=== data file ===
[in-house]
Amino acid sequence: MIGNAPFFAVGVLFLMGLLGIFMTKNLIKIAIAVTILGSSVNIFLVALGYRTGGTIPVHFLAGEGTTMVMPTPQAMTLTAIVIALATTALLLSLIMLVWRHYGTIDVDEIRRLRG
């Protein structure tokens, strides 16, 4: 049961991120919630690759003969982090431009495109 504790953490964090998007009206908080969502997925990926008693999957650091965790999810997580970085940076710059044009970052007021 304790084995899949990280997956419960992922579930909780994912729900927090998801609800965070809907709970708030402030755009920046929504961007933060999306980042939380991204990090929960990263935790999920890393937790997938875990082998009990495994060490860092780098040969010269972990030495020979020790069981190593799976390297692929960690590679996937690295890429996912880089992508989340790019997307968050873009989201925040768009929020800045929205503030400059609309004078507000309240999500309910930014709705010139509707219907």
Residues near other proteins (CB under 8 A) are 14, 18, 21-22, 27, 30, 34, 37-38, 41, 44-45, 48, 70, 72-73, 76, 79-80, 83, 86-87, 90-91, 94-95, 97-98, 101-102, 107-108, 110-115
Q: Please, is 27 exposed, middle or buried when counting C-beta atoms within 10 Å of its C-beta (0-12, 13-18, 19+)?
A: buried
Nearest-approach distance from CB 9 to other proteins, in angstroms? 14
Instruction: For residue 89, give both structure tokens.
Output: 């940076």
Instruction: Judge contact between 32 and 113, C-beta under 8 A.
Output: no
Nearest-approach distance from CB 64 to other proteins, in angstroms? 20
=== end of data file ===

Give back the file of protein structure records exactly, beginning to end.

[in-house]
Amino acid sequence: MIGNAPFFAVGVLFLMGLLGIFMTKNLIKIAIAVTILGSSVNIFLVALGYRTGGTIPVHFLAGEGTTMVMPTPQAMTLTAIVIALATTALLLSLIMLVWRHYGTIDVDEIRRLRG
């Protein structure tokens, strides 16, 4: 049961991120919630690759003969982090431009495109 504790953490964090998007009206908080969502997925990926008693999957650091965790999810997580970085940076710059044009970052007021 304790084995899949990280997956419960992922579930909780994912729900927090998801609800965070809907709970708030402030755009920046929504961007933060999306980042939380991204990090929960990263935790999920890393937790997938875990082998009990495994060490860092780098040969010269972990030495020979020790069981190593799976390297692929960690590679996937690295890429996912880089992508989340790019997307968050873009989201925040768009929020800045929205503030400059609309004078507000309240999500309910930014709705010139509707219907």
Residues near other proteins (CB under 8 A) are 14, 18, 21-22, 27, 30, 34, 37-38, 41, 44-45, 48, 70, 72-73, 76, 79-80, 83, 86-87, 90-91, 94-95, 97-98, 101-102, 107-108, 110-115
Q: Please, is 27 exposed, middle or buried when counting C-beta atoms within 10 Å of its C-beta (0-12, 13-18, 19+)?
A: buried
Nearest-approach distance from CB 9 to other proteins, in angstroms? 14
Instruction: For residue 89, give both structure tokens.
Output: 């940076």
Instruction: Judge contact between 32 and 113, C-beta under 8 A.
Output: no
Nearest-approach distance from CB 64 to other proteins, in angstroms? 20